Prior to coaching in the ABA, Ramsey had been Red Auerbach's first choice to replace his mentor as Celtics coach after Auerbach retired at the end of the 1965–66 season. However, Ramsey decided to move back to Madisonville. Auerbach is credited throughout basketball with creating the sixth man. Though Ramsey was one of the Celtics' best players, he felt more comfortable coming off the bench and Auerbach wanted him fresh and in the lineup at the end of close games. Ramsey was the first in a series of sixth men. In the championships the Celtics won after Ramsey's retirement, they have had successful sixth men such as Havlicek, Paul Silas, Kevin McHale, Bill Walton, James Posey. Ramsey was mentioned in the episode ``. Bud asked Al the trivia question, "Who was known as the best sixth man in basketball? He played for the Celtics", to which Al nonchalantly replied, "Frank Ramsey". However, little did. On November 15, 2005, Ramsey's house was destroyed in a tornado that hit his residence in Madisonville.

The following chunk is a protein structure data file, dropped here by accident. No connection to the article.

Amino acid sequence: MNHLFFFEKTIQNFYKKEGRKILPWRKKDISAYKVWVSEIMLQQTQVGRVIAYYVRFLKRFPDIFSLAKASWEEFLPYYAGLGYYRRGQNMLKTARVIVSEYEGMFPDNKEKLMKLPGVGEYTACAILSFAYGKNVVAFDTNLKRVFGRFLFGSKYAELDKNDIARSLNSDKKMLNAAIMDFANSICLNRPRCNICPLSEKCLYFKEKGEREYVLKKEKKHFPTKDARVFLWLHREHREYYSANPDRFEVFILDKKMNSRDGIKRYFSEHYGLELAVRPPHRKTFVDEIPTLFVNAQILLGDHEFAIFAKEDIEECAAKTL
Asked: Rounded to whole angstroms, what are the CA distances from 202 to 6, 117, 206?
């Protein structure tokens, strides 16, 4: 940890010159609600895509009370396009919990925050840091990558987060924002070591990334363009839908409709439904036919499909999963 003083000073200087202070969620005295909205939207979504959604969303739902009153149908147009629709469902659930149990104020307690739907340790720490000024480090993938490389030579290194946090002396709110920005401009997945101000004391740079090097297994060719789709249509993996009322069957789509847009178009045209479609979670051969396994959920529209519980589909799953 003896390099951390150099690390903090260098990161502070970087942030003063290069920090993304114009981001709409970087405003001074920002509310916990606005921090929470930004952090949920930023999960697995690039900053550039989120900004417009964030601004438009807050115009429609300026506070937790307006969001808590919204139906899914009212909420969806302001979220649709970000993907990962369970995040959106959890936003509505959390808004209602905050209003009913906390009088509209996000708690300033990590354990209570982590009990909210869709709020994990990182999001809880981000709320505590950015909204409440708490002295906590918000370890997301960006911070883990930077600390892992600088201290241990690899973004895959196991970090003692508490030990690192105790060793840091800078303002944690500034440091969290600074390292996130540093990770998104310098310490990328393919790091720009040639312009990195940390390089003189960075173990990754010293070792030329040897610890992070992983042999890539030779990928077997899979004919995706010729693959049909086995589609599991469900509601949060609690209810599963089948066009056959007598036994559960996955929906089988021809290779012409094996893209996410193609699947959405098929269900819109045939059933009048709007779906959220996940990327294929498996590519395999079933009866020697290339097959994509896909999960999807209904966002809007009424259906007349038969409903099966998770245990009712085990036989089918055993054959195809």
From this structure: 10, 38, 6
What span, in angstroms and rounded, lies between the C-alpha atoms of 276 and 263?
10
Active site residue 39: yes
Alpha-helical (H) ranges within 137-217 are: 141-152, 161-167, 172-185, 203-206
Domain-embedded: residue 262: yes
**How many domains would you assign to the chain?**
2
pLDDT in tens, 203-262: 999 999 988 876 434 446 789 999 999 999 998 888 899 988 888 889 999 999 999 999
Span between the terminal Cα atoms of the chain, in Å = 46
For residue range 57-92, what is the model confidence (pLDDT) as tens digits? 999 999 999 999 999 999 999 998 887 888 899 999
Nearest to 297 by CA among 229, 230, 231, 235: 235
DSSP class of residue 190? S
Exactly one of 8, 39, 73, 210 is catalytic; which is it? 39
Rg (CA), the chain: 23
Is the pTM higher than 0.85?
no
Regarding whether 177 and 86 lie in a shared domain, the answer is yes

One of his plaques was found miles away from his home, Ramsey himself was found unhurt. As of June 2008, Ramsey was a bank president in Kentucky. Ramsey died of natural causes in his hometown of Madisonville, Kentucky on July 8, 2018 at the age of 86. Ramsey was inducted into the Naismith Basketball Hall of Fame in 1982. In 2005, Ramsey was inducted into the University of Kentucky Athletics Hall of Fame. In 2006, Ramsey was a charter inductee to the College Basketball Hall of Fame. Ramsey's #23 jersey